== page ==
The Central Electrical Authority of India announced that India is facing a shortage of coal across thermal plants, which might lead to an electrical power crisis. As of the first week of October, thirteen thermal power plants in Maharashtra, three in Punjab, and four in Kerala is shut down due to a lack of coal reserves. Most of the major thermal power plants in different states are running with coal stocks sufficient only for three to four days; this contrasts with the usual reserve stocks that last at least two to three weeks in the past. According to the Central Electricity Authority of India, almost 80% of the country’s coal plants are in the critical or “supercritical” stage, which means that their stocks might decrease drastically in less than five days. According to Aravind Kejariwal, the capital city of Delhi will face a blackout if power stations do not receive more coal. Many states experience power cuts that last hours.
Coal Sector in India
India is the second-largest producer of raw coal after China. It is the most abundant fossil fuel available in India, accounting for almost 55% of India’s energy requirements. Coal originates from decomposed wood. Making coal usually takes centuries, where forests are buried under the earth and timber is decomposed due to the heat from underground and pressure from the earth’s surface.
Coal is usually classified based on carbon content and period. There are three main categories of coal which include anthracite, bituminous and lignite. Anthracite contains 80 to 95% carbon content and emits a blue flame; this is also the best quality coal found in Jammu and Kashmir in small quantities. Bituminous contains 60 to 80% carbon content with low moisture content and high calorific value. Lignite contains 40 to 55% carbon content with high moisture. It is brown and emits smoke when burnt. As of April 2018, India’s coal reserves are estimated to have a cumulative total of 319.02 billion tonnes. Twenty-seven major coal fields mainly exist in the eastern and central states of the country. Jharkhand, Odisha, Chhattisgarh, West Bengal and Madhya Pradesh contain the largest amount of coal reserves in the country.
According to the import policy, coal can be imported freely by consumers based on their commercial needs. India imports nearly 213 million tons of coal, and many companies have coal mines in other countries to ensure a steady supply of coal. Some of the major issues faced by the The coal sector includes land acquisition problems, delays in environment and forest clearances, low productivity, lack of adequate technology, high maintenance costs, etc.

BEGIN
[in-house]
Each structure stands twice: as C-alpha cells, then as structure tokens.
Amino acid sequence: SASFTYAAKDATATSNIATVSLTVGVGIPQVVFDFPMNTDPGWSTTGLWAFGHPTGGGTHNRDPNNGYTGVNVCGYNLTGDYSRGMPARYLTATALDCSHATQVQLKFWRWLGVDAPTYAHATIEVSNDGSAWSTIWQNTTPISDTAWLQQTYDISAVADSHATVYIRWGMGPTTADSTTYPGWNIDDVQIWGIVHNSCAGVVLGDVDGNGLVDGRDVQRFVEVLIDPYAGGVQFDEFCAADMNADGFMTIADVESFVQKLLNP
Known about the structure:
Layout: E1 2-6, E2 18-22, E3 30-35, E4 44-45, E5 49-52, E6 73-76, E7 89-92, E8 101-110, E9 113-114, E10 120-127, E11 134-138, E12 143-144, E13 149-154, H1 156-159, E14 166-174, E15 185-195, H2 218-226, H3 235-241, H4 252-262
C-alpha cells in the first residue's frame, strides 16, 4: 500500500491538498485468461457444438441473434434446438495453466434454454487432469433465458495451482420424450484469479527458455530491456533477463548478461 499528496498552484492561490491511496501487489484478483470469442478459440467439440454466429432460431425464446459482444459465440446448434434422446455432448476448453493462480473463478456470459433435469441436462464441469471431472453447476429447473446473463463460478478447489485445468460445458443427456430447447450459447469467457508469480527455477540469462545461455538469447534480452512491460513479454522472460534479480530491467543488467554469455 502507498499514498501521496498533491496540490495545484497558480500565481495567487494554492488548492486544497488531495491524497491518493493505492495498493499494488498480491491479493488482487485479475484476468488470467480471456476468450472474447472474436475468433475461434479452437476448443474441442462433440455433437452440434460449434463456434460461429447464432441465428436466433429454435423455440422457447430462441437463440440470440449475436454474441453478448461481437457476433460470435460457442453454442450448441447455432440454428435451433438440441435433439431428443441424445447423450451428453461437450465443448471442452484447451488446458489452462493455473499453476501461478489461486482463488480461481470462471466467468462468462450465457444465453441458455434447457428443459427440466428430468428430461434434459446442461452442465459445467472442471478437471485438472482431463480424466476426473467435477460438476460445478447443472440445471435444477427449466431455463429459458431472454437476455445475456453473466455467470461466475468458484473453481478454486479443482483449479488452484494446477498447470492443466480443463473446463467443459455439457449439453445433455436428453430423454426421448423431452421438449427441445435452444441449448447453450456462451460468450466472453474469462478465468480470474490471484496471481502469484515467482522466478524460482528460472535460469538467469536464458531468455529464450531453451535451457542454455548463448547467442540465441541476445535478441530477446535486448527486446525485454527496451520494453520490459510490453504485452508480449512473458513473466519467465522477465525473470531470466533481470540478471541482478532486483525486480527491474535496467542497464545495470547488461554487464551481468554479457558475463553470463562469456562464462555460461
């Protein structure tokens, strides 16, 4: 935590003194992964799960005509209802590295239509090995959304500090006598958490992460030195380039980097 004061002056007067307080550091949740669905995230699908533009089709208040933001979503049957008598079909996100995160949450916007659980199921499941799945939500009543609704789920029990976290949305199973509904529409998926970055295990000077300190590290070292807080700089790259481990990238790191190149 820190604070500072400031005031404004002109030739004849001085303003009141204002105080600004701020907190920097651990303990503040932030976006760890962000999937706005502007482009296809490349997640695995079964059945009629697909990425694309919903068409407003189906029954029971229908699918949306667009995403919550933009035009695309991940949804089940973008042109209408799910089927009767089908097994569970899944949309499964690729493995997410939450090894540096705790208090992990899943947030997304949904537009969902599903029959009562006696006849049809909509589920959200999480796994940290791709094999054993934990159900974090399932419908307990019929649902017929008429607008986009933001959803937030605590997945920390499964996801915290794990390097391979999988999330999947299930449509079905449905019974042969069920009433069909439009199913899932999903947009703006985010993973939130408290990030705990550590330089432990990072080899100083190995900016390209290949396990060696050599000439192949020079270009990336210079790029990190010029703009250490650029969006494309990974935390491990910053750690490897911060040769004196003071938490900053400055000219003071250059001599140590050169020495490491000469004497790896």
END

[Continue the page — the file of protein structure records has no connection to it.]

Major Reasons for the Coal Crisis
- Rise in demand for power: There is a significant growth in the demand for electricity because the country’s economy is recovering from Covid 19 lockdown. However, many power companies have not considered this, even though it was predicted earlier. Sunil Dahiya, an analyst at the Centre for Research on Energy and Clean Air, points out that the current coal crisis is due to improper planning and stocking of coal by the power generators in the country.
- Rainfall and floods: The heavy rain and floods in August and September in the areas of coal fields has reduced the production and transportation of coal from coal mines.
- Decrease in imports: Due to the global energy crisis, the prices of coal have increased drastically, which resulted in the low import of coal due to financial challenges.
Impact of Coal Crisis
The industries that face severe energy shortages will have to decrease their production, which will delay the reopening of the Indian economy. As coal contributes to almost half of the country’s energy, the power crisis will be huge. The present coal shortages will be used by the government to push domestic coal production. Some state governments are already pressuring for the clearance of new coal mines in protected areas. Further expansion of the coal sector will affect the tribal communities who live in the forests that cover the country’s largest coal reserves.
Steps to Prevent and Control Coal Crisis
The government and State Coal India should closely monitor the available coal stocks and should increase production to meet the demands. India also needs to import more coal despite the high cost in the international market to meet the demands in the country.
To prevent the power shortage, the power sector needs to shift to more renewable power sources like hydropower and solar energy.